Table 2. Levels, areas and volumes occupied during 2004-2013 by Lake Enriquillo calculated using the Google applications, Surfer 10 and Okmap. * Includes Islita and Barbarita (1,127 km2 and 1,427 km2).
the basin, the rivers and water sources that fed and drained into LE had a very high salt content.
At the beginning of 2011, the physical-chemical parameters were variable from one area to another and also between the surface and the bottom of the lake, as the volume of water entering the lake was also variable and mixed to a large extent with hypersaline water   . By 2012, the values of salinity and conductivity throughout the lake were more homogeneous. The mixture of water stored during the years 1979-2003 and the rainfall between 2003-2011 had mostly mixed, so we could infer that by 2013 the level of the lake would begin to fall, as indeed happened. For the 2013-2016 period, the decrease in meteorological events in the basin caused the water level to descend by 3.44 m. So, we can confirm that the changes in water level experienced by Lake Enriquillo are a consequence of changes in rainfall throughout its basin and no other factors.
The background of LE is irregular due to its origin. At the time of analysis, this water body was not considered a lagoon. In addition, the waters that fed LE originated from different places and had distinct characteristics. Some waters were loaded with sulfur, while others contained calcium carbonate or were of good quality and low in salts.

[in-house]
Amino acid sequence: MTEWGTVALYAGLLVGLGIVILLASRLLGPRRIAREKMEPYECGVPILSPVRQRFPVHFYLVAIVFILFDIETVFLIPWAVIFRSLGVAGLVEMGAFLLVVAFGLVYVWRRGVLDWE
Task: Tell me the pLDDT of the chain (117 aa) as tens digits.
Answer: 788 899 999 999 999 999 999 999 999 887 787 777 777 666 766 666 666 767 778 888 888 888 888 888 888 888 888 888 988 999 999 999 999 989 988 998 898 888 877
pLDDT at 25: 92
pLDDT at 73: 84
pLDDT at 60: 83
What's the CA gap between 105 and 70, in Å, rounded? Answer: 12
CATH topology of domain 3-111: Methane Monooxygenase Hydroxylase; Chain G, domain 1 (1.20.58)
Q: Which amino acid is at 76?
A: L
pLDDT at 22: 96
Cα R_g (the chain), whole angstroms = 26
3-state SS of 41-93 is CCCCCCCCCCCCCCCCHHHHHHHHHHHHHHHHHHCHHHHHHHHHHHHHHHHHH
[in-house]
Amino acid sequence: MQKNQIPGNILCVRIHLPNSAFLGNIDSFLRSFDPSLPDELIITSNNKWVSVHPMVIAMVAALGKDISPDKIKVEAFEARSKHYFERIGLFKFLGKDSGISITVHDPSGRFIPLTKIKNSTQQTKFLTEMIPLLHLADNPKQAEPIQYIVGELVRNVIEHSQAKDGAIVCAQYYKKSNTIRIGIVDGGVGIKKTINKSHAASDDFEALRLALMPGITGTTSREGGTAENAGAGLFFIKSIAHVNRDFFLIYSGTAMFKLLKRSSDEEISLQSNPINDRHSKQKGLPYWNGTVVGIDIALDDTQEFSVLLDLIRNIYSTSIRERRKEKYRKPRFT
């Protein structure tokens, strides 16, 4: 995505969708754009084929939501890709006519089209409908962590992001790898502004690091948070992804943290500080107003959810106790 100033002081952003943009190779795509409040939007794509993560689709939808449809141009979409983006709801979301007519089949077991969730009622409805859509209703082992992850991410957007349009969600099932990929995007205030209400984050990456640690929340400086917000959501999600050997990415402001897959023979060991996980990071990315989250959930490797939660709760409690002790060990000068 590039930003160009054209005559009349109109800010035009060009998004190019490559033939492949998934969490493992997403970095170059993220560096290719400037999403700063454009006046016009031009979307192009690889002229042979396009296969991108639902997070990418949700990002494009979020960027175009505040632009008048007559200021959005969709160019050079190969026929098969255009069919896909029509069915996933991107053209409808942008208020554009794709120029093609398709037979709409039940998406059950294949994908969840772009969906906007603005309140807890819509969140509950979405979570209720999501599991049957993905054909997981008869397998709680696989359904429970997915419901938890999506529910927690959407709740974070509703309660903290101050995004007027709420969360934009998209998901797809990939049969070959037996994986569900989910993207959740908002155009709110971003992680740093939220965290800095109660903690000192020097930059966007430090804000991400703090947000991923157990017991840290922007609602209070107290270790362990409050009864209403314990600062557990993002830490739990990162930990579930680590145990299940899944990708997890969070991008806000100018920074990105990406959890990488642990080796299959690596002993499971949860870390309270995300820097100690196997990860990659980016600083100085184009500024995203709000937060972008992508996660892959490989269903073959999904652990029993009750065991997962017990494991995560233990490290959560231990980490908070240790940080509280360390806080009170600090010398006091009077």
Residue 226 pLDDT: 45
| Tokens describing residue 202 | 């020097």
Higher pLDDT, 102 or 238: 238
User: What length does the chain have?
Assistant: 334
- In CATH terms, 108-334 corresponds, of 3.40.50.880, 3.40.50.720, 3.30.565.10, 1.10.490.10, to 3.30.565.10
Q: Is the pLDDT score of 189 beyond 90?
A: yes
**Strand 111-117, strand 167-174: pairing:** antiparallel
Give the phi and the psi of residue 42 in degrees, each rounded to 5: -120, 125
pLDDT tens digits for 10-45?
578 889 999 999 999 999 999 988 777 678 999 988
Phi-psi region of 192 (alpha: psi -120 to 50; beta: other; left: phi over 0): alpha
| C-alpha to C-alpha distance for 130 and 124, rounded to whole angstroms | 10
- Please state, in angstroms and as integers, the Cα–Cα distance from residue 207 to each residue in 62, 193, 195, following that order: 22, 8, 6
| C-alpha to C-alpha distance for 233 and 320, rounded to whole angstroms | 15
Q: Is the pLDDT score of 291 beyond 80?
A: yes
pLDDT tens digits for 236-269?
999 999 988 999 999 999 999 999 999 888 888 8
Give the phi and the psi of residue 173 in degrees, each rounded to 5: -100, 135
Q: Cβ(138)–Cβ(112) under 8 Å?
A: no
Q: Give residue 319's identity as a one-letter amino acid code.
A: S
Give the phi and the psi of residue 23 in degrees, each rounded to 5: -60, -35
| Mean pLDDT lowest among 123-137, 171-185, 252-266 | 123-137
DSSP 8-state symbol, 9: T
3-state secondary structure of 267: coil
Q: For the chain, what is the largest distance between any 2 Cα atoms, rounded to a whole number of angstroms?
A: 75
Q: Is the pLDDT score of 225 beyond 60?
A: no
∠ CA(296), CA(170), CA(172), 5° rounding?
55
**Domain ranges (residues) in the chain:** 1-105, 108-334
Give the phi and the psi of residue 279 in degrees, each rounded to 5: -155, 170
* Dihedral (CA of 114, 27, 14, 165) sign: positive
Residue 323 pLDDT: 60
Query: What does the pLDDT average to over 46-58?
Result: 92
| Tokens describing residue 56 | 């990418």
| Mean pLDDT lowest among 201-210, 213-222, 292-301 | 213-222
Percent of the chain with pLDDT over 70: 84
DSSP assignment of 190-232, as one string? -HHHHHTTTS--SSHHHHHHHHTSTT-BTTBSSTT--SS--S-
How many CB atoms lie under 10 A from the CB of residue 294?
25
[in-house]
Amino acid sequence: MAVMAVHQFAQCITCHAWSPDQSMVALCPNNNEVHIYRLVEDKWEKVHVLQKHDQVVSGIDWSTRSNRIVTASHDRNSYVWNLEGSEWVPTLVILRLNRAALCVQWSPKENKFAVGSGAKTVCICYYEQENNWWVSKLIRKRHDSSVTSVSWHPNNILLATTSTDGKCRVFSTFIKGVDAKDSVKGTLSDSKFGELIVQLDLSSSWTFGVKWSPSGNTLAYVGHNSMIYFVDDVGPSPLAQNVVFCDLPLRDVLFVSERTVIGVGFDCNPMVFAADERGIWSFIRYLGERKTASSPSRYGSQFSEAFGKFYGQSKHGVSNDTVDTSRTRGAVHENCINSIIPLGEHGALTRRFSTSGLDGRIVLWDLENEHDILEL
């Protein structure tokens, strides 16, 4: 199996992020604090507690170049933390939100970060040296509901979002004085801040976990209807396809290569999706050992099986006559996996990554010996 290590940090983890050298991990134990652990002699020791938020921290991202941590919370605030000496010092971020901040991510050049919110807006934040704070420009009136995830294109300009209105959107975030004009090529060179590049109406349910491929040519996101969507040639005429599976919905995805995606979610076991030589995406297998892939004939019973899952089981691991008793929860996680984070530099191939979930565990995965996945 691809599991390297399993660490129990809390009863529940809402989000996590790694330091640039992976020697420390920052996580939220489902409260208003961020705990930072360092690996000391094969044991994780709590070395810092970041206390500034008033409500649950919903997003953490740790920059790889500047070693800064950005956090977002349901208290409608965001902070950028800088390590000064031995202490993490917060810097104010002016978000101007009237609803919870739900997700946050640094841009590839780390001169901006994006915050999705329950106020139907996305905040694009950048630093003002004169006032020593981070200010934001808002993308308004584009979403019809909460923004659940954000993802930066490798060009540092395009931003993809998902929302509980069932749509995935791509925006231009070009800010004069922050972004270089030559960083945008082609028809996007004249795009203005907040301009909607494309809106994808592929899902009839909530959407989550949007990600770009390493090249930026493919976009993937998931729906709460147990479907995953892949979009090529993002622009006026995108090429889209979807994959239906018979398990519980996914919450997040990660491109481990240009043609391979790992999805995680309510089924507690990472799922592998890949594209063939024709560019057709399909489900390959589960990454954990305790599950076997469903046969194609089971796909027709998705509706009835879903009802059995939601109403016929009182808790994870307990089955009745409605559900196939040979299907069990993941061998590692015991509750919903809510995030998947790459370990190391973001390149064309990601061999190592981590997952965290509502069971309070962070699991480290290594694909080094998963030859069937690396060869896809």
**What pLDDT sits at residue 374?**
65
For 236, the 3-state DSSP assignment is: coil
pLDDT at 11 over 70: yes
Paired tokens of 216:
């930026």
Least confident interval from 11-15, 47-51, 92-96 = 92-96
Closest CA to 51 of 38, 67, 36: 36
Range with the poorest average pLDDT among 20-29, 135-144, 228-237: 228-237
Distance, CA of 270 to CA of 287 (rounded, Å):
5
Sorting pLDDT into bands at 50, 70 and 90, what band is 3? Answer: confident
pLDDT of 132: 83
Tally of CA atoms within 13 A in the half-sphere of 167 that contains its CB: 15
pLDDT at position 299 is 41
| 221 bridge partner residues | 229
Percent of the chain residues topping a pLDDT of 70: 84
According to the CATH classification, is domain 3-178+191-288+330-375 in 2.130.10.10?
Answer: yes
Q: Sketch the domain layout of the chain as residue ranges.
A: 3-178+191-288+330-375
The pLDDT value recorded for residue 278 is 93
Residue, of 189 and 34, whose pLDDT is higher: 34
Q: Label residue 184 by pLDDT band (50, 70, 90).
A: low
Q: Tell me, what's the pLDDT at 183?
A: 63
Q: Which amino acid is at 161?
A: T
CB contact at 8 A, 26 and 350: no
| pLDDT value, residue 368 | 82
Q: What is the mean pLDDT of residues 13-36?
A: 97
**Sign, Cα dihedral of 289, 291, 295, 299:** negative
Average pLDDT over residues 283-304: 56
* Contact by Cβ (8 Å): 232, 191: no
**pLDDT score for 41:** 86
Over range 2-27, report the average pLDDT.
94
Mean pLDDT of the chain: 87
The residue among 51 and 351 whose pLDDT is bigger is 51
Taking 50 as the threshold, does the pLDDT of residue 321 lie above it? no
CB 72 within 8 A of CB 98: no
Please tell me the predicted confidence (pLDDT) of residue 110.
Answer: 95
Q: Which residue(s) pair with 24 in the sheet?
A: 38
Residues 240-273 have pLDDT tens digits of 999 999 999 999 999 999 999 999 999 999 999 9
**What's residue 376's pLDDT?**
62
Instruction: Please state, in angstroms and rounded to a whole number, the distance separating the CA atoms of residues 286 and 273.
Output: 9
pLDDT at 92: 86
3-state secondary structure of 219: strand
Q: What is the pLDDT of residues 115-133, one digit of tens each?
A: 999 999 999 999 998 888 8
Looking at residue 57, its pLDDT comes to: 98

Variations in the physical and chemical parameters of LE are determined by changes in rainfall and the geomorphological characteristics of the basin rocks. The salts in the water of the lake are characteristically different than those of the sea  , further confirming that the waters are not of marine origin. Rather, this basin represents a reservoir of water funneled from the mountain ranges of Neyba and Bahoruco. The levels of sodium, magnesium, and chlorine also differ and are lower than those of the sea. However, sulfur is more concentrated in the lake than in the sea because several springs that feed the reservoir contain sulfur water (La Descubierta and Duvergé).